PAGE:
duran hess flat
Rudolf Hess (L) stayed for a spot of interrogation, while and Duran Duran lead singer Simon Le Bon may have visited the building IBTimes UK

A flat in a building that used to house orphaned girls, was later used as an MI6 interrogation centre, and was once owned by a member of Duran Duran, has gone on sale for nearly £3m ($4.6m, €4.2m).

Flat 24, the largest property within the Grade II listed Royal Victoria Patriotic Building in Wandsworth Common, south London, is available to buy for £2,950,000.

The property consists of four bedrooms, three bathrooms, a huge entertaining space, a games room, as well as a private residents' courtyard garden and off-street parking.

After being used as a teacher training college and a school after the second war, the building was saved from dereliction in 1980 sellmyhome

However, there is a catch. The building is described as "allegedly haunted" as one of the girls who was homed there burnt to death while deliberately locked in a bathroom in 1862.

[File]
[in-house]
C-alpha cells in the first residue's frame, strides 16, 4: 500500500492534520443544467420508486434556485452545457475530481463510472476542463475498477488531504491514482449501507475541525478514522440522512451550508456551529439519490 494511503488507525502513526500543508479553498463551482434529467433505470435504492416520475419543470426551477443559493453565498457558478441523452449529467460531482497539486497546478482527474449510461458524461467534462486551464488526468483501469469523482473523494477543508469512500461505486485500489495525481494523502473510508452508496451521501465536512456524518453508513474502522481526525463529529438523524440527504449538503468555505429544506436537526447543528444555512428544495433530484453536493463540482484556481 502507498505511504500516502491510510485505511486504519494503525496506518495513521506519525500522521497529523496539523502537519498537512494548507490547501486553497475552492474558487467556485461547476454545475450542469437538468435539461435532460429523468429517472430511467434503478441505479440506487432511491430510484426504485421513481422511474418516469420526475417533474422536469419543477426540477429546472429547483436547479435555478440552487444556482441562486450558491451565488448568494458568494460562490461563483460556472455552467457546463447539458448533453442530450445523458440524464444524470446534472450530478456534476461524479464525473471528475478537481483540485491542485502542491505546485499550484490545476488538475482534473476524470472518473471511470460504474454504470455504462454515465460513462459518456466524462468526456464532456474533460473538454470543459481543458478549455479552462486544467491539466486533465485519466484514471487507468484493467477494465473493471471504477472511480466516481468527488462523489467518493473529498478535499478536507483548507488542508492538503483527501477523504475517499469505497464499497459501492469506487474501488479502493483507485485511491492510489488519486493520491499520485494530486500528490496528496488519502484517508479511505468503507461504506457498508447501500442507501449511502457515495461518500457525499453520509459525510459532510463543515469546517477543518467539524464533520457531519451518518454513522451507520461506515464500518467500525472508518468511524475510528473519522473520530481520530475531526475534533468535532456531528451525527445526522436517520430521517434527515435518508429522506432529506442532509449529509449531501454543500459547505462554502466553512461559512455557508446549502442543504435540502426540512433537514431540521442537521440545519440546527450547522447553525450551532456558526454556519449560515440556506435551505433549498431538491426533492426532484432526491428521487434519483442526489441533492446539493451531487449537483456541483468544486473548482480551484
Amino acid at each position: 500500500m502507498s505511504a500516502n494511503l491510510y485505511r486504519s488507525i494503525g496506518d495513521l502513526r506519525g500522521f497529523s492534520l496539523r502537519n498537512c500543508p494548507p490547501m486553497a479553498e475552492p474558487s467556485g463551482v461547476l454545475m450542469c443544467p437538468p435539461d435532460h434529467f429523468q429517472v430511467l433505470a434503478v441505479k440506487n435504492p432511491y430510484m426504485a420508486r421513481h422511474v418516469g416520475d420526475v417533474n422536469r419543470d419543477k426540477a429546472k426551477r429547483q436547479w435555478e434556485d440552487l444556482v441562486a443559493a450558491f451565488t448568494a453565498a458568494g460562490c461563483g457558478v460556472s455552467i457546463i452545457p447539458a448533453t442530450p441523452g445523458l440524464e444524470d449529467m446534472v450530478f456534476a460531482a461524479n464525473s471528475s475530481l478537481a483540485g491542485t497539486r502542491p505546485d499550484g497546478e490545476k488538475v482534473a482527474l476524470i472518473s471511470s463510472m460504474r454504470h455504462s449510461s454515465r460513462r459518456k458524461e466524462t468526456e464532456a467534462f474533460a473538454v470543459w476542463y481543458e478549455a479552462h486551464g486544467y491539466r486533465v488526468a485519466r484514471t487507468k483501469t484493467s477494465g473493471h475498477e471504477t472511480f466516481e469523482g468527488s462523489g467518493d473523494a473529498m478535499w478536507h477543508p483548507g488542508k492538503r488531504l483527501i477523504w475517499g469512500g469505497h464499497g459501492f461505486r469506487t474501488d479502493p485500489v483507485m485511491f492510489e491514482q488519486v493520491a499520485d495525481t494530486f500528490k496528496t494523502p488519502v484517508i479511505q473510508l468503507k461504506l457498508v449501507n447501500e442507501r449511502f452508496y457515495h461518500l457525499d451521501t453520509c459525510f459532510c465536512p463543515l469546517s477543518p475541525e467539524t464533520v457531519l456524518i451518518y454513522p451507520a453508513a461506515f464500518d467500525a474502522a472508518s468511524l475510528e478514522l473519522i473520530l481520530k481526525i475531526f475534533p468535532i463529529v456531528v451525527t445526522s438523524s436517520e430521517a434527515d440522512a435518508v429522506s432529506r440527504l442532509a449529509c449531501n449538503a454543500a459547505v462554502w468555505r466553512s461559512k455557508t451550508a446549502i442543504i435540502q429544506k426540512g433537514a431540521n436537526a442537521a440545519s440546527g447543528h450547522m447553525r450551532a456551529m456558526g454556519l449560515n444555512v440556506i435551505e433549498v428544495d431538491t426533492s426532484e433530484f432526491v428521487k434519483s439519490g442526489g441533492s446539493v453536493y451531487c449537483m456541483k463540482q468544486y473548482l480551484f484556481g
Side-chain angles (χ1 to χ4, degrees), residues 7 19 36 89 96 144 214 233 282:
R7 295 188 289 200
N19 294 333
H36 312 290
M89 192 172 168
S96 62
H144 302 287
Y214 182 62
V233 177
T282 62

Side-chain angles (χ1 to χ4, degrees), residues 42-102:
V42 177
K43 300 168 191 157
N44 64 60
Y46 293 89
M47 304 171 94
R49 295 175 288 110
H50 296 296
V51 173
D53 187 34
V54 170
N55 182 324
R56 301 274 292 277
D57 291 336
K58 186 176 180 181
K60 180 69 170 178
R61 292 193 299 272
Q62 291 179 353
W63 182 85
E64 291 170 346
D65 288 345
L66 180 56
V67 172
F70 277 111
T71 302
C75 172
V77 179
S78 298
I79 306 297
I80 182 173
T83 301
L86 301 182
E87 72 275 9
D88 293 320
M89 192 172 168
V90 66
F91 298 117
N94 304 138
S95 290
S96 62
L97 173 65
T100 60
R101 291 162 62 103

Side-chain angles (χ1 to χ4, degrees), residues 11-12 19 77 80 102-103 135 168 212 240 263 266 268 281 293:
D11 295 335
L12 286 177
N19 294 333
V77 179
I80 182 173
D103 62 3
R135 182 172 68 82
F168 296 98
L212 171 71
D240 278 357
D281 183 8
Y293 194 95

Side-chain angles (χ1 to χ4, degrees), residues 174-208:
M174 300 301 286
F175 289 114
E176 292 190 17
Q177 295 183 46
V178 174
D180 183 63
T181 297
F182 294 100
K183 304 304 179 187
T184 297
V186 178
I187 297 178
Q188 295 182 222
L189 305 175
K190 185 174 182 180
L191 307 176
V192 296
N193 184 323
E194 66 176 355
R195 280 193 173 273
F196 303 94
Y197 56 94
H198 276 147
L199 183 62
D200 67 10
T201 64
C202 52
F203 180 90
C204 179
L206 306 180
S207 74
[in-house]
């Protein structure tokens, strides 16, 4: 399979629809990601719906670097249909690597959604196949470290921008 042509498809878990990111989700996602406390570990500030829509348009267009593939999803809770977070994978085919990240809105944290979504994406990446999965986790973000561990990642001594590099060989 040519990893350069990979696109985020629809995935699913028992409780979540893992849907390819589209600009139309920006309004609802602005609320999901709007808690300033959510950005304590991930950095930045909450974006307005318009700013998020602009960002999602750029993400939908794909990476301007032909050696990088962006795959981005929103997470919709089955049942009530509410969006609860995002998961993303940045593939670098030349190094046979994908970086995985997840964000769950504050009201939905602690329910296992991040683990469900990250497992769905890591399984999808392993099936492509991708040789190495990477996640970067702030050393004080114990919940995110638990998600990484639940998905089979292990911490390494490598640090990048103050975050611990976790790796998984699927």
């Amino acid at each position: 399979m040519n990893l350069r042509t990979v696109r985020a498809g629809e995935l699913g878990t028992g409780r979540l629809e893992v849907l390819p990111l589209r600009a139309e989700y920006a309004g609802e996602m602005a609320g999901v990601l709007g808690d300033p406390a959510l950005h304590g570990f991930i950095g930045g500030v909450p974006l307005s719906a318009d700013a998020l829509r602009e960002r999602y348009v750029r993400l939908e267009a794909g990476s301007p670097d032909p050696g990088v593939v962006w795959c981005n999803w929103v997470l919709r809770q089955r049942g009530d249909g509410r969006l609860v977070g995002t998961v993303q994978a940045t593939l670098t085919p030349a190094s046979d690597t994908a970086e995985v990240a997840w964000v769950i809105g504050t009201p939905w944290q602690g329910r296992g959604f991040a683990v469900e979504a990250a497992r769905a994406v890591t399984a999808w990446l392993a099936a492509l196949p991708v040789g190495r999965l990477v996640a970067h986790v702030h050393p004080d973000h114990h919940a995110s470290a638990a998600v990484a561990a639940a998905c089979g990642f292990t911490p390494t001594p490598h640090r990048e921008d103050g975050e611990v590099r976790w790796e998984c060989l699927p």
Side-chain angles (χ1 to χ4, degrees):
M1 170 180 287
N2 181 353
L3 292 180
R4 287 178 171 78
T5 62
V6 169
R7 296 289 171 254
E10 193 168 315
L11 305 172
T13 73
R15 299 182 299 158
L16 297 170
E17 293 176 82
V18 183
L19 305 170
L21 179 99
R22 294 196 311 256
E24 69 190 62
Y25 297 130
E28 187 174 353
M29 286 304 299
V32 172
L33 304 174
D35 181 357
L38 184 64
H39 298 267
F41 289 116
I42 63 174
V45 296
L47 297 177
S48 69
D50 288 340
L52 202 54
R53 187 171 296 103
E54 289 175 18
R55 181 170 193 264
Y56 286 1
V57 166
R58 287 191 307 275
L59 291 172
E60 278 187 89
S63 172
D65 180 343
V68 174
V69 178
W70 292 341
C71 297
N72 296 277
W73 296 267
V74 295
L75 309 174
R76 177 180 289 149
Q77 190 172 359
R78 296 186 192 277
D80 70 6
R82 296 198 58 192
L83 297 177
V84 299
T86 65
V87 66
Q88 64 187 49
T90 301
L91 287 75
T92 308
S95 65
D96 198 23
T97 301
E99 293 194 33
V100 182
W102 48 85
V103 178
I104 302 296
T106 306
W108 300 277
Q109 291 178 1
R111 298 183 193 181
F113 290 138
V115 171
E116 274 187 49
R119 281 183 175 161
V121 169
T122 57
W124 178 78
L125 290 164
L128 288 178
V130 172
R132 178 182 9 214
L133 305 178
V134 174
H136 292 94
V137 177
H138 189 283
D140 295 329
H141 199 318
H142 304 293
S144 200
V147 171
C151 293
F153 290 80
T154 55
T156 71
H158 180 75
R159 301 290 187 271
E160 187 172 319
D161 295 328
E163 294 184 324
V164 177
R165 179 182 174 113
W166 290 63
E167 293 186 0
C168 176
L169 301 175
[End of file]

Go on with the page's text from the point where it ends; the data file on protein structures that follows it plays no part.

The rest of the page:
Built in 1857, the property is steeped in history after originally being used as an orphanage for girls. During the First World War the building was used as a hospital for those wounded.

The building returned to being an orphanage at the end of the First World War, but the children were evacuated during the Second World War.

The building was used by MI6 as a interrogation centre during the war. It was reported that Hitler's deputy, Rudolf Hess, who flew to Britain on a "peace mission", was once held and questioned there.

After several refurbishments, the building is now home to 29 flats. The one currently on sale was once owned by a member of Duran Duran in 1981, the year they released their debut album (although it is not clear which member was the owner).

A virtual walkthrough of the flat is also available via sellmyhome.co.uk.

In 1987 the building's restoration won the Europa Nostra Order of Merit. sellmyhome